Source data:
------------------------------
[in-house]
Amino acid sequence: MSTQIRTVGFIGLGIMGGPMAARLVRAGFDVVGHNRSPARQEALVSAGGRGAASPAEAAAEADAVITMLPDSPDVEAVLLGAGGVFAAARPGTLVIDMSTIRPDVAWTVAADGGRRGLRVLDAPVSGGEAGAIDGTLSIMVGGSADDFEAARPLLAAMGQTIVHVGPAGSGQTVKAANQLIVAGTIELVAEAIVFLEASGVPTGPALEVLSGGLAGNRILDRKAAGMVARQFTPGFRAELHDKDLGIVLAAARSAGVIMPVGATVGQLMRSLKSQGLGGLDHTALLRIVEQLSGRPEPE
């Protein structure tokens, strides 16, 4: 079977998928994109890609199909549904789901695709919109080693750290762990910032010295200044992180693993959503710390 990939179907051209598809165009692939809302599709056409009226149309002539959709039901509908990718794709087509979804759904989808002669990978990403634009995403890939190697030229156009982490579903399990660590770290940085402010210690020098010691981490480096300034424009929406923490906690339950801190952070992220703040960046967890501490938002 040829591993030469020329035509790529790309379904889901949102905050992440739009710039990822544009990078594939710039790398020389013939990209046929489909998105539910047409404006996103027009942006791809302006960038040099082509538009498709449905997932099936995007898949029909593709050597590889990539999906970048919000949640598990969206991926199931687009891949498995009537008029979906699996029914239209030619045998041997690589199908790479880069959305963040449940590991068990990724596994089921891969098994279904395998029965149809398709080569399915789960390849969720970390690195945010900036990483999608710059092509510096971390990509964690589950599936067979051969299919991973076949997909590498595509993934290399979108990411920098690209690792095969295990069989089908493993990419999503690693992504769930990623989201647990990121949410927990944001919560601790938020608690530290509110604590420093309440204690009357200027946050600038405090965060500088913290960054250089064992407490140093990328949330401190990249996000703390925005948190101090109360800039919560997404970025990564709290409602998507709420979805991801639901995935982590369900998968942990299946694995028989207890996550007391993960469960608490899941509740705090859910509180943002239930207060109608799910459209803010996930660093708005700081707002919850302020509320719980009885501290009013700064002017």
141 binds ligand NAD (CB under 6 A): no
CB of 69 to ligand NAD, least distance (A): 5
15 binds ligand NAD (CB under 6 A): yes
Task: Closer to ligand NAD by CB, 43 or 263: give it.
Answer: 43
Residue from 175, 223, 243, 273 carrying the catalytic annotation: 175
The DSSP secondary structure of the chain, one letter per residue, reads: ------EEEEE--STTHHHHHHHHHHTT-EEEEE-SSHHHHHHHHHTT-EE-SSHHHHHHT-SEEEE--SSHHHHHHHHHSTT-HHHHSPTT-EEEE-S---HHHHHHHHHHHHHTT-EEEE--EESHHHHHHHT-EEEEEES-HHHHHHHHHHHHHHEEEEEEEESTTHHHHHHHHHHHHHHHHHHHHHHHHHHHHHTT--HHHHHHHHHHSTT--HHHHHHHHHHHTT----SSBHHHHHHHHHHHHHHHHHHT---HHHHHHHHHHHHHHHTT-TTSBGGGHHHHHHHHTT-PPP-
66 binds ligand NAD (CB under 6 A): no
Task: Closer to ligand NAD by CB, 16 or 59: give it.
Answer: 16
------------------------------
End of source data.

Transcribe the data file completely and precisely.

[in-house]
Amino acid sequence: MSTQIRTVGFIGLGIMGGPMAARLVRAGFDVVGHNRSPARQEALVSAGGRGAASPAEAAAEADAVITMLPDSPDVEAVLLGAGGVFAAARPGTLVIDMSTIRPDVAWTVAADGGRRGLRVLDAPVSGGEAGAIDGTLSIMVGGSADDFEAARPLLAAMGQTIVHVGPAGSGQTVKAANQLIVAGTIELVAEAIVFLEASGVPTGPALEVLSGGLAGNRILDRKAAGMVARQFTPGFRAELHDKDLGIVLAAARSAGVIMPVGATVGQLMRSLKSQGLGGLDHTALLRIVEQLSGRPEPE
């Protein structure tokens, strides 16, 4: 079977998928994109890609199909549904789901695709919109080693750290762990910032010295200044992180693993959503710390 990939179907051209598809165009692939809302599709056409009226149309002539959709039901509908990718794709087509979804759904989808002669990978990403634009995403890939190697030229156009982490579903399990660590770290940085402010210690020098010691981490480096300034424009929406923490906690339950801190952070992220703040960046967890501490938002 040829591993030469020329035509790529790309379904889901949102905050992440739009710039990822544009990078594939710039790398020389013939990209046929489909998105539910047409404006996103027009942006791809302006960038040099082509538009498709449905997932099936995007898949029909593709050597590889990539999906970048919000949640598990969206991926199931687009891949498995009537008029979906699996029914239209030619045998041997690589199908790479880069959305963040449940590991068990990724596994089921891969098994279904395998029965149809398709080569399915789960390849969720970390690195945010900036990483999608710059092509510096971390990509964690589950599936067979051969299919991973076949997909590498595509993934290399979108990411920098690209690792095969295990069989089908493993990419999503690693992504769930990623989201647990990121949410927990944001919560601790938020608690530290509110604590420093309440204690009357200027946050600038405090965060500088913290960054250089064992407490140093990328949330401190990249996000703390925005948190101090109360800039919560997404970025990564709290409602998507709420979805991801639901995935982590369900998968942990299946694995028989207890996550007391993960469960608490899941509740705090859910509180943002239930207060109608799910459209803010996930660093708005700081707002919850302020509320719980009885501290009013700064002017």
141 binds ligand NAD (CB under 6 A): no
CB of 69 to ligand NAD, least distance (A): 5
15 binds ligand NAD (CB under 6 A): yes
Task: Closer to ligand NAD by CB, 43 or 263: give it.
Answer: 43
Residue from 175, 223, 243, 273 carrying the catalytic annotation: 175
The DSSP secondary structure of the chain, one letter per residue, reads: ------EEEEE--STTHHHHHHHHHHTT-EEEEE-SSHHHHHHHHHTT-EE-SSHHHHHHT-SEEEE--SSHHHHHHHHHSTT-HHHHSPTT-EEEE-S---HHHHHHHHHHHHHTT-EEEE--EESHHHHHHHT-EEEEEES-HHHHHHHHHHHHHHEEEEEEEESTTHHHHHHHHHHHHHHHHHHHHHHHHHHHHHTT--HHHHHHHHHHSTT--HHHHHHHHHHHTT----SSBHHHHHHHHHHHHHHHHHHT---HHHHHHHHHHHHHHHTT-TTSBGGGHHHHHHHHTT-PPP-
66 binds ligand NAD (CB under 6 A): no
Task: Closer to ligand NAD by CB, 16 or 59: give it.
Answer: 16